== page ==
North-east Labour MSP Lewis Macdonald has said oil firms receiving UK state support during the Covid-19 pandemic should be duty bound to safeguard jobs.
Mr Macdonald was speaking after it emerged US-headquartered oilfield service giants Baker Hughes and Schlumberger were recipients of loans through the Bank of England and UK Treasury’s covid corporate financing facility (CCFF) scheme.
Baker Hughes has borrowed £600 million and Schlumberger received a loan of £150m, through the initiative, which is open to larger firms who make a “material contribution” to the UK economy.
Energy Voice revealed in May that up to 90 jobs were at risk at Schlumberger’s OneSubsea subsidiary in Portlethen, near Aberdeen.
Baker Hughes recorded restructuring, impairment and other charges totalling £1.2 billion in the first quarter, mainly related to “product line rationalisation” and “headcount reductions”.
The company didn’t say whether its north-east workforce had been affected.
As of November, Baker Hughes employed about 2,000 people across nine locations in Aberdeen city and shire, including Altens, Portlethen and Inverurie.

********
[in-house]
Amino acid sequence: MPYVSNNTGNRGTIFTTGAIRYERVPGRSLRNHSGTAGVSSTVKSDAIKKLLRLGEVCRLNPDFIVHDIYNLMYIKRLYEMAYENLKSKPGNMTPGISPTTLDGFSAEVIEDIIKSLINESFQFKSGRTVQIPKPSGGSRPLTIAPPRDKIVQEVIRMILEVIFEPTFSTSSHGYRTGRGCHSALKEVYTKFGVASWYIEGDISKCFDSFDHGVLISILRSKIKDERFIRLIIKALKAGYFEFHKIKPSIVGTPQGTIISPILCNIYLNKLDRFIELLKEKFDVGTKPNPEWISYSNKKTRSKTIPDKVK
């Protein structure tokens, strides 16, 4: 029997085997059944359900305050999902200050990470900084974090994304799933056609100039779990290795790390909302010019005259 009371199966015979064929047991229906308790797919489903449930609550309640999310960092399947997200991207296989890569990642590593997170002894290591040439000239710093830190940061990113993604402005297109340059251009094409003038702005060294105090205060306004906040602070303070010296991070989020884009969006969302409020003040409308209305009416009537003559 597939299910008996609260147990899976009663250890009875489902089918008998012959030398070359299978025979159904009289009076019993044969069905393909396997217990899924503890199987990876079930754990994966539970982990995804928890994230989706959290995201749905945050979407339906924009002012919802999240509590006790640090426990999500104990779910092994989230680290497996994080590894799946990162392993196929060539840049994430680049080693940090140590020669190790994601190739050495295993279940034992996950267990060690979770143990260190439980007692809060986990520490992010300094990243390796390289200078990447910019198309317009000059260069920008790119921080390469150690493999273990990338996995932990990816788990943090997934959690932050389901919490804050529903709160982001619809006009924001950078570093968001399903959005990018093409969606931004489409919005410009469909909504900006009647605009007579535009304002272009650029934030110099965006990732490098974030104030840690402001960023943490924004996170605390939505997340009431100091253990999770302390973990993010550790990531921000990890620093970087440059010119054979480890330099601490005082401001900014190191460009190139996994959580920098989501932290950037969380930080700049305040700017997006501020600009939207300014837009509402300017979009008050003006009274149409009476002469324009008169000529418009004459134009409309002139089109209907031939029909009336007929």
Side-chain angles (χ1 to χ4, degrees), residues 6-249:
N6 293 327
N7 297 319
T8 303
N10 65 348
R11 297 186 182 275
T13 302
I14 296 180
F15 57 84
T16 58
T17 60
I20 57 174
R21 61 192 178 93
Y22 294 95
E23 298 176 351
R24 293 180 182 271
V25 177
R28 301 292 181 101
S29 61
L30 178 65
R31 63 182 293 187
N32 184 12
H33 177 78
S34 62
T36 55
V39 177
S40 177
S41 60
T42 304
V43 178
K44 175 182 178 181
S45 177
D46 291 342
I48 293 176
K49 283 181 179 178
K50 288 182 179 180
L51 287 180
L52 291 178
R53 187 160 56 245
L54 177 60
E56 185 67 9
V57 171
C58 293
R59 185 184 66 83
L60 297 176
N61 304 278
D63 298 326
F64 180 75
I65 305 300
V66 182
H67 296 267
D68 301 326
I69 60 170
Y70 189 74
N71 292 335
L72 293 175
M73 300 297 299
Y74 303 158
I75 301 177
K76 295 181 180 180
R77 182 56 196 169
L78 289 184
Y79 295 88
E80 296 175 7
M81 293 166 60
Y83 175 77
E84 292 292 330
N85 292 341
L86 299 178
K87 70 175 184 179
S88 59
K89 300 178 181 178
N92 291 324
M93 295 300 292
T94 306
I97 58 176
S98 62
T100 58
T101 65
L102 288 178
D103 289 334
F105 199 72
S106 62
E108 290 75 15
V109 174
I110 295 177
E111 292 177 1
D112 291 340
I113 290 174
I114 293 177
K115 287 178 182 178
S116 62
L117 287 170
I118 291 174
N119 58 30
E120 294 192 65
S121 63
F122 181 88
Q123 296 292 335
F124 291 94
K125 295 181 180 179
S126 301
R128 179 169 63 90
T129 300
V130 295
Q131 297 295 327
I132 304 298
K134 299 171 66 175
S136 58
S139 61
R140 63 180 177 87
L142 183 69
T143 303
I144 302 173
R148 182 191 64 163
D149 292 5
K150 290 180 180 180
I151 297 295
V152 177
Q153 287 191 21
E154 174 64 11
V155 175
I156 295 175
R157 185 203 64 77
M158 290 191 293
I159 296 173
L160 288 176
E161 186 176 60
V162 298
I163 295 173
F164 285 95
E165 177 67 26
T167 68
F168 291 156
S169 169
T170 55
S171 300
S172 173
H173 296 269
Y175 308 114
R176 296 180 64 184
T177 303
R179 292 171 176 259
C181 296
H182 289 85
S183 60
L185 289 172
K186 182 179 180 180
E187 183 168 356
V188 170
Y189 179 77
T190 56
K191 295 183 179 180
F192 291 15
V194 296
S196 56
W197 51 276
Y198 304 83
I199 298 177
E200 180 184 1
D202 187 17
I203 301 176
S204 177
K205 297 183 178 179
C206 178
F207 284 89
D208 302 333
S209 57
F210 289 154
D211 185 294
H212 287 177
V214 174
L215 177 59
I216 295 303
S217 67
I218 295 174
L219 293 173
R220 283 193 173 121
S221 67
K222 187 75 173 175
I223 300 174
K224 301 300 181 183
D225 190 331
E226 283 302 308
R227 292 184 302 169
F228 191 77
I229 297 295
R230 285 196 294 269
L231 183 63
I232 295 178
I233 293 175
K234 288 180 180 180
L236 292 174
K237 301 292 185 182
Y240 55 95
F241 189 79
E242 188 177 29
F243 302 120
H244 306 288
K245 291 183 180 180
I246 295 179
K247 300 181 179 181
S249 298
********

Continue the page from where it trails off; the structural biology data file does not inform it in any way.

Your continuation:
Mr Macdonald, who has called for the resurrection of the Scottish Government’s energy jobs taskforce, said: “Government support for oil and gas companies is vital at this critical time.
“The payback, though, is that companies like Schlumberger and Baker Hughes need to make sure they are protecting employees and contractors by making use of the furlough scheme rather than making people redundant.
“If companies are receiving financial assistance from the British taxpayer, they need to do everything they can to protect British jobs.”
A spokeswoman for Schlumberger said the company “deeply regretted” having to reduce its headcount, but Covid-19 and crude price collapse meant much of its operational capacity was unneeded, and some of its facilities were underutilised.
Schlumberger also stressed that it had taken step to mitigate redundancies, including introducing a base pay reduction at senior levels and making use of the furlough scheme in some parts of the business.
The spokeswoman added: “Unfortunately the cumulative effect of these steps has not been sufficient to avoid the need for redundancies given the exceptionally difficult industry environment.”
Separately, a spokesman for the firm said its subsidiary was a “large contributor” to the UK economy in terms of employment, facilities and taxes.
He said the loans were helping the company meet its financial obligations with UK employees and suppliers during the pandemic.
Baker Hughes declined to comment.